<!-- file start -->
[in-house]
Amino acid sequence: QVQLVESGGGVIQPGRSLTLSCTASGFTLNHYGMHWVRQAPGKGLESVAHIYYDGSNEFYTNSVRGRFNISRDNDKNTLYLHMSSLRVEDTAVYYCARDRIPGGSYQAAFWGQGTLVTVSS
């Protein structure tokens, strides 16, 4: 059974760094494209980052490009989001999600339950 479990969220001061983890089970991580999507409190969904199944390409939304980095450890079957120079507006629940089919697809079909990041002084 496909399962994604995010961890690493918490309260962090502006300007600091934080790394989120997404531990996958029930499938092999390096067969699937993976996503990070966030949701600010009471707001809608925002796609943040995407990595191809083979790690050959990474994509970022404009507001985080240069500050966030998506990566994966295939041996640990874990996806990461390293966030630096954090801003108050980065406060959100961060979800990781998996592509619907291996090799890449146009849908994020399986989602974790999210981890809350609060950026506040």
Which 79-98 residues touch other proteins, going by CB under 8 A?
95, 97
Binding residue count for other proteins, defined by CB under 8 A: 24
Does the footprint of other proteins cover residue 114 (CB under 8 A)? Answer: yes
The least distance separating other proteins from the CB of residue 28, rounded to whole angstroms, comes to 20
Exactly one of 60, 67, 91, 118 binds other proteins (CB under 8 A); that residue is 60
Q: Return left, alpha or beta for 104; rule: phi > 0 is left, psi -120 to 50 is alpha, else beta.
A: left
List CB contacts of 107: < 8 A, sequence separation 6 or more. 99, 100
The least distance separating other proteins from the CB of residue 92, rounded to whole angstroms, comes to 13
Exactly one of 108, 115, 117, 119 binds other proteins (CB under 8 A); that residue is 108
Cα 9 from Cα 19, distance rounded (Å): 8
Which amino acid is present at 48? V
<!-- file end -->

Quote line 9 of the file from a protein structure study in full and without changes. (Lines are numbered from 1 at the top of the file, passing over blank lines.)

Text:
Exactly one of 60, 67, 91, 118 binds other proteins (CB under 8 A); that residue is 60